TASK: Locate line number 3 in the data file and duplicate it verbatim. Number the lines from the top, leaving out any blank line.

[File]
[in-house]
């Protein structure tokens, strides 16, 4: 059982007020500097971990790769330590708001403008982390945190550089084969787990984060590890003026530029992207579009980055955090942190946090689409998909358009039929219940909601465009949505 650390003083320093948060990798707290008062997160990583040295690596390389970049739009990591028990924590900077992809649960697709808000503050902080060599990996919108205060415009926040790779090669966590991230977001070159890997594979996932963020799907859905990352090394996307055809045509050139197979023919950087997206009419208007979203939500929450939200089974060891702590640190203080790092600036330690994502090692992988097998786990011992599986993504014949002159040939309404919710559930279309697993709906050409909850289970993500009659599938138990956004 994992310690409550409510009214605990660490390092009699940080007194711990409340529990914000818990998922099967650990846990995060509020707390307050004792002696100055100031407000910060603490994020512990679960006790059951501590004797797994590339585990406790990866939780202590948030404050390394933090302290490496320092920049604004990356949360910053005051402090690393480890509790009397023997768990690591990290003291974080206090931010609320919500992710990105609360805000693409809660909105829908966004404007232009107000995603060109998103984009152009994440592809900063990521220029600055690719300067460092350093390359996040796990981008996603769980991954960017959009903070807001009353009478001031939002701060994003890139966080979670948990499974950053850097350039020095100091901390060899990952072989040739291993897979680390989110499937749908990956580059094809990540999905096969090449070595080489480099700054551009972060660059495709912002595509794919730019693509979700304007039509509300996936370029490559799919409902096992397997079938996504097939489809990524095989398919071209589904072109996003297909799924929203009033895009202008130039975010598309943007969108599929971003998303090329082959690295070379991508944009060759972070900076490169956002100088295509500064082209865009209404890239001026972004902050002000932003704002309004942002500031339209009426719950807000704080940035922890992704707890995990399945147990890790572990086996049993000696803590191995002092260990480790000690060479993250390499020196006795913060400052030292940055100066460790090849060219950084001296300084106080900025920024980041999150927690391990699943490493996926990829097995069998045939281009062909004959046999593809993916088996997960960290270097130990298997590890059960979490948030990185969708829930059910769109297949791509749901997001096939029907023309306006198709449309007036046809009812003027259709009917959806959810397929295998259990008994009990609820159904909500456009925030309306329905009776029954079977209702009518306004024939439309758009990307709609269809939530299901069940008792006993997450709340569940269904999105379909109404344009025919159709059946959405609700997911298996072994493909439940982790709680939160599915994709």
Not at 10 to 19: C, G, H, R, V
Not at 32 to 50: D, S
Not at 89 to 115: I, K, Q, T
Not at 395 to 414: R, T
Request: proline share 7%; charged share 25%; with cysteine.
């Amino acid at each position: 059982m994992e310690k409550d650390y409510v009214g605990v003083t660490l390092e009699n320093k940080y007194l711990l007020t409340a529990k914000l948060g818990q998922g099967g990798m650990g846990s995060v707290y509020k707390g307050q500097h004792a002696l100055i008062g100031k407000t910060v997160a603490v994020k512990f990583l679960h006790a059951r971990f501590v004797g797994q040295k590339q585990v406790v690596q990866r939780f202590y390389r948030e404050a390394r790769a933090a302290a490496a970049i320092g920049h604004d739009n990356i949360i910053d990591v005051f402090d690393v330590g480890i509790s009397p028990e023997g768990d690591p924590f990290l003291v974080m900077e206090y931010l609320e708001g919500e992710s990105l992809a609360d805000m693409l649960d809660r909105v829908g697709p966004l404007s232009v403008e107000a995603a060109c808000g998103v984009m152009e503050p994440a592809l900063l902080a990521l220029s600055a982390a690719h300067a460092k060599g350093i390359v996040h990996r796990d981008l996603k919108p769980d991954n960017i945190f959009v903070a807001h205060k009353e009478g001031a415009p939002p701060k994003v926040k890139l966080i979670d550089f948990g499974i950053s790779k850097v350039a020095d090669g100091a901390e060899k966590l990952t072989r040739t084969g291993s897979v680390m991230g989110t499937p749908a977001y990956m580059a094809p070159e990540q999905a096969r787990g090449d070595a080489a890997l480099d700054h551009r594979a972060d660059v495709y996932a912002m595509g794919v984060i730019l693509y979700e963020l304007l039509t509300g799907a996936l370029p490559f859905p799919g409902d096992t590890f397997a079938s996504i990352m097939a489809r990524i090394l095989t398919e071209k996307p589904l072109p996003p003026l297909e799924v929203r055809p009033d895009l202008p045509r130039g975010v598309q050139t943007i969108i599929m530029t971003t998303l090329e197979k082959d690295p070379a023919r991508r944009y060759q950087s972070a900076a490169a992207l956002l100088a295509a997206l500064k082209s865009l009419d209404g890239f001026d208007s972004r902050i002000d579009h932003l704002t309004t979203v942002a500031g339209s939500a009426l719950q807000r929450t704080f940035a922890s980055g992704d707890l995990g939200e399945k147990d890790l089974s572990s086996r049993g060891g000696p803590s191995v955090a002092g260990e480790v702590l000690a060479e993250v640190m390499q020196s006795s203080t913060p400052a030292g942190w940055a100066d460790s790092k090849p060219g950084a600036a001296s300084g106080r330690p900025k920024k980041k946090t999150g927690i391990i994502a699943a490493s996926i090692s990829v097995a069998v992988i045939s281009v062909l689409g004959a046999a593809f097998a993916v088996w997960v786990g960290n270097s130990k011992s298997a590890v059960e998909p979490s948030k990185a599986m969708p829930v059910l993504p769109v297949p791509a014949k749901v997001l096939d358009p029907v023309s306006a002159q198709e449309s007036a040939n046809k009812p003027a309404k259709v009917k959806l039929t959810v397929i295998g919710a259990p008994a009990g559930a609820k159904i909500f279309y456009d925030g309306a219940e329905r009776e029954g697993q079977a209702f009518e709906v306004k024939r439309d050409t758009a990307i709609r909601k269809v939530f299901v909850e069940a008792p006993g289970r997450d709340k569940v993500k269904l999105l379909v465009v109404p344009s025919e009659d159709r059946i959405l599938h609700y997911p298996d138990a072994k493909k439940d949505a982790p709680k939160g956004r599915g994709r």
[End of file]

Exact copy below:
Not at 10 to 19: C, G, H, R, V